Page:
Written by Chrissy Wickes
We Three Go South is the title of a new book by Cynthia Cass featuring the diary of Ethel Richardson who, with her two sisters, made a voyage to the Sub-Antarctic Islands of New Zealand in 1890 when they were aged 18 to 24.
Cynthia Cass talks about her book and her connection to the three intrepid women.
“They travelled on the government steamship “Hinemoa” which serviced lighthouses around the coast and was establishing castaway depots for survivors of shipwrecks on the southern islands. Ethel Richardson was my great aunt. Her eldest sister on the right in the photo is my grandmother who married the ships carpenter from the Hinemoa. They settled on the farm near Pahiatua where I live today.
The diary and an accompanying sketch book have some delightfully amusing drawings of their daring escapades as they journeyed from Wellington round the south of the South Island then to the Snares Auckland, Campbell, Antipodes and Bounty Islands. They displayed an ability to make fun from the simplest of things and teased the sailors on board unmercifully.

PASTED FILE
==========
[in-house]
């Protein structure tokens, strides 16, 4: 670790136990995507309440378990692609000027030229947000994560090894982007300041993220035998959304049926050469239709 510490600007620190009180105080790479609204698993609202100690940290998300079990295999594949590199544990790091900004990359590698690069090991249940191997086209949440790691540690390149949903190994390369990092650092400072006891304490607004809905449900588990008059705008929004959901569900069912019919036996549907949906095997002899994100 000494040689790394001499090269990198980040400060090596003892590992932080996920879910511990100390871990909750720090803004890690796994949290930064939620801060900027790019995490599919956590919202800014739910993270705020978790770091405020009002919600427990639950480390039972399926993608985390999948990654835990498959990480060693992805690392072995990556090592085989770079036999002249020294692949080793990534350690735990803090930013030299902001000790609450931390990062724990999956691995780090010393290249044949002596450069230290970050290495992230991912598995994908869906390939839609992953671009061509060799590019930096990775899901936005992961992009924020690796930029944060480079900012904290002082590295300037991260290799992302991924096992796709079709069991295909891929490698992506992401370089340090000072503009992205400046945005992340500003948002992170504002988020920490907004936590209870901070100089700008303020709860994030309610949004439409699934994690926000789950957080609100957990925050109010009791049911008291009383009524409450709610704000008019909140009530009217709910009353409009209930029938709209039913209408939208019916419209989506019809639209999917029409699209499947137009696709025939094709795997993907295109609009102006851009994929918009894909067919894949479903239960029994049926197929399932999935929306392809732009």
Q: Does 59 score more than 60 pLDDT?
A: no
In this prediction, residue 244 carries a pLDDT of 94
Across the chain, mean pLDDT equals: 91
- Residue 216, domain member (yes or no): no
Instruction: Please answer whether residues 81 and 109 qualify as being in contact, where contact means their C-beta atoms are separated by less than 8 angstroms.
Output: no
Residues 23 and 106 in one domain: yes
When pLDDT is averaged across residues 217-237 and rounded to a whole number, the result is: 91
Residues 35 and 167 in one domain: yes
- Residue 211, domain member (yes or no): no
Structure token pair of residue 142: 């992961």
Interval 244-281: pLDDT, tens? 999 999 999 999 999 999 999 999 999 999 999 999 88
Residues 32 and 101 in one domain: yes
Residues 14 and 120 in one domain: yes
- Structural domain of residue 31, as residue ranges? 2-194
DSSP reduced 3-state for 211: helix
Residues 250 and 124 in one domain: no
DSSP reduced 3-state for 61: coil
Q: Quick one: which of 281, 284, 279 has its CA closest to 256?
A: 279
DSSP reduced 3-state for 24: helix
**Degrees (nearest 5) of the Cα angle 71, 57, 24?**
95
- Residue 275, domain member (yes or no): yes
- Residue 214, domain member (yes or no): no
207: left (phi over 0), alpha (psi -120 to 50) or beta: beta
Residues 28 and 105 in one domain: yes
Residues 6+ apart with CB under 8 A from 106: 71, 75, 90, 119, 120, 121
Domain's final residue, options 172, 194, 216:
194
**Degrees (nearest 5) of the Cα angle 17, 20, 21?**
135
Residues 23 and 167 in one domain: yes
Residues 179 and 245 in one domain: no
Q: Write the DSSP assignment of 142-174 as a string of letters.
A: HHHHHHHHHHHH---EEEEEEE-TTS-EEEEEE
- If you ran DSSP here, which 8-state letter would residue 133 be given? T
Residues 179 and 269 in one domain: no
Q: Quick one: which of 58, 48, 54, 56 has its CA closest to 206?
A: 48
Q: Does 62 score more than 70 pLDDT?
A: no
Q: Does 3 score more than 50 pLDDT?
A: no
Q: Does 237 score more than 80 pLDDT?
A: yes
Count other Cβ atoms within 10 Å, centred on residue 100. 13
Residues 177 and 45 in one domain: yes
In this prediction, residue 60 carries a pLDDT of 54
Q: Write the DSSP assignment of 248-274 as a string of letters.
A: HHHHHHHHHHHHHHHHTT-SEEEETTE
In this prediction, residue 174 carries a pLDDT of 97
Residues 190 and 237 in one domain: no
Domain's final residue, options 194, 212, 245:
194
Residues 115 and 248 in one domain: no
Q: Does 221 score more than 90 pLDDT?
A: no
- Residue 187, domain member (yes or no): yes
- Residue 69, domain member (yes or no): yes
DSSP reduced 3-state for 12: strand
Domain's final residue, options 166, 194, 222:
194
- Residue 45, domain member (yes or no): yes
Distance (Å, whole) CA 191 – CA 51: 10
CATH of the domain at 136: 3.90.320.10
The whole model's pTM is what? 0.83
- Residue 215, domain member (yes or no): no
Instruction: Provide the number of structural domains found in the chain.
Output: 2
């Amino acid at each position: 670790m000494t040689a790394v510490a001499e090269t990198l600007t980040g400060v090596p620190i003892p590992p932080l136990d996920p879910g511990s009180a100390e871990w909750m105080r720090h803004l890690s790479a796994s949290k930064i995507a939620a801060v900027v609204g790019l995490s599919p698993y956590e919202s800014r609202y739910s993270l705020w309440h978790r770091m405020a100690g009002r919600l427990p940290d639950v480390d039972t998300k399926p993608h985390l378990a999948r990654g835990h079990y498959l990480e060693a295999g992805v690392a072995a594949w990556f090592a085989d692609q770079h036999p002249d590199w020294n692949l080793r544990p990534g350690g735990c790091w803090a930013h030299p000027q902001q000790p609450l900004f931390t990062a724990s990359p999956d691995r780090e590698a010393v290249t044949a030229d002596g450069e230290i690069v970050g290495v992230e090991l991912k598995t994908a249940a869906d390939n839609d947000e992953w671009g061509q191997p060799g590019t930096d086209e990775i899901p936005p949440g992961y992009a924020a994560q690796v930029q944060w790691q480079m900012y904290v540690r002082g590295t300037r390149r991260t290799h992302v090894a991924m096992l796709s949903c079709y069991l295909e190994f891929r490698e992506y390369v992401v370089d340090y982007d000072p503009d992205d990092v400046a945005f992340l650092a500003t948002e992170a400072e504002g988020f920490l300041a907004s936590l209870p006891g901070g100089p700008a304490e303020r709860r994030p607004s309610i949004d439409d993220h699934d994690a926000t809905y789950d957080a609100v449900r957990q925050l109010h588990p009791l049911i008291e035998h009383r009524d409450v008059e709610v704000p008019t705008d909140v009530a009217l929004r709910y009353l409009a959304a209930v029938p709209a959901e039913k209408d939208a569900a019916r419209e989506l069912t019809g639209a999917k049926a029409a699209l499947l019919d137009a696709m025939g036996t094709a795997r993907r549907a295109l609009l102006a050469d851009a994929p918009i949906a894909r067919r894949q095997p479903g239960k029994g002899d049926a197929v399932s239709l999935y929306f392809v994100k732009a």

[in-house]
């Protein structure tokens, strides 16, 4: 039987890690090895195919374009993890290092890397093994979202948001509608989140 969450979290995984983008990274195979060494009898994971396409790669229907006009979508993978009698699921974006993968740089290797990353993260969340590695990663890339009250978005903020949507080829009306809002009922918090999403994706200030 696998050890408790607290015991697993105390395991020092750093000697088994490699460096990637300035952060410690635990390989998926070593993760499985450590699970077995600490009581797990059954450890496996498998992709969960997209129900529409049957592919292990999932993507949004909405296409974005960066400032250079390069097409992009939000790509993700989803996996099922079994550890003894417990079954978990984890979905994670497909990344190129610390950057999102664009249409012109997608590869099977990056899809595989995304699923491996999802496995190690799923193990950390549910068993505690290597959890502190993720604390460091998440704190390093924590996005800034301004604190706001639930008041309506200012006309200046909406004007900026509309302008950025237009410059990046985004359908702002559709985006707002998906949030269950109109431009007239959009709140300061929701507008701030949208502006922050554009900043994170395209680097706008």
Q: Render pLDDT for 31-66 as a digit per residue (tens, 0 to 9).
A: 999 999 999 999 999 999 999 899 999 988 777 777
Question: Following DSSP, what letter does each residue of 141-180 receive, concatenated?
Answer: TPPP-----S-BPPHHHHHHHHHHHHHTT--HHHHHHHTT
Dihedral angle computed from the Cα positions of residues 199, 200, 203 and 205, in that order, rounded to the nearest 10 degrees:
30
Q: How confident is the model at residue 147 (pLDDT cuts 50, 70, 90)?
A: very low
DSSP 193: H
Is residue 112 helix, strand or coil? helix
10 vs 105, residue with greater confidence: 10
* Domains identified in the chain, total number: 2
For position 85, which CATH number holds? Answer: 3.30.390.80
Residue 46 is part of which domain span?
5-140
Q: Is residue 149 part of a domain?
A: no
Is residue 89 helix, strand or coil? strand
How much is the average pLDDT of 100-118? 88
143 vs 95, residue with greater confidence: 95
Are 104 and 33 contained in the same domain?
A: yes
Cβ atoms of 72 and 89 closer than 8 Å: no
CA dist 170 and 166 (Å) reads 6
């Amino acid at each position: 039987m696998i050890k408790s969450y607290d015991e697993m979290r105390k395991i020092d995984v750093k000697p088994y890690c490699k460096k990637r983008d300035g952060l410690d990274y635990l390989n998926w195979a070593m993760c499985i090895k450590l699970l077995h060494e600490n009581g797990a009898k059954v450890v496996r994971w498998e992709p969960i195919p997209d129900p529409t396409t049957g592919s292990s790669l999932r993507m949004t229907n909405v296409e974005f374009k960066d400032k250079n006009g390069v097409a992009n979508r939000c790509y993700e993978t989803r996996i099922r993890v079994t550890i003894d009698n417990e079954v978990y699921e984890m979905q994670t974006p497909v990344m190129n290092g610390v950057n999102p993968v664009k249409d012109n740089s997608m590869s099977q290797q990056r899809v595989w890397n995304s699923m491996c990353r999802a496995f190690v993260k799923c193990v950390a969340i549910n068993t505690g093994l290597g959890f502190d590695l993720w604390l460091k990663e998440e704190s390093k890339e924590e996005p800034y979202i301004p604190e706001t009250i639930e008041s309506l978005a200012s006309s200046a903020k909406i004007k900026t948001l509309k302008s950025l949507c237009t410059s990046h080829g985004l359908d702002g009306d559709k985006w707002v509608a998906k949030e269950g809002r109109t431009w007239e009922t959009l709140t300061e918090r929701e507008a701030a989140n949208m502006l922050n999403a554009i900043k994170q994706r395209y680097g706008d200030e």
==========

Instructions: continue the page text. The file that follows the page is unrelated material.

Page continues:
Years later the sketch book was used as an incentive for me as a small child, to eat up my greens and I became facinated with the Sub-Antarctic islands as a result, prompting me to see for myself, almost 120 years later, what they had experienced.
I visited the Islands in 2001 and 2007 and have produced a series of paintings which have recently been shown at three exhibitions which also launched the book.
The paintings attempt to show what the islands are like and the book is a fascinating insight into the life of young women of the day. Clad in
long dresses and high buttoned boots, they had little to protect them from the freezing conditions but they appeared to be willing to row boats and ramble over rocky terrain with gusto. The description of their landing on the Antipodes illustrates how intrepid they were.
A sketch of them going after parakeets on the Antipodes shows that these islands are one of the few places on earth where wild beauty has existed unchanged for over a hundred years.”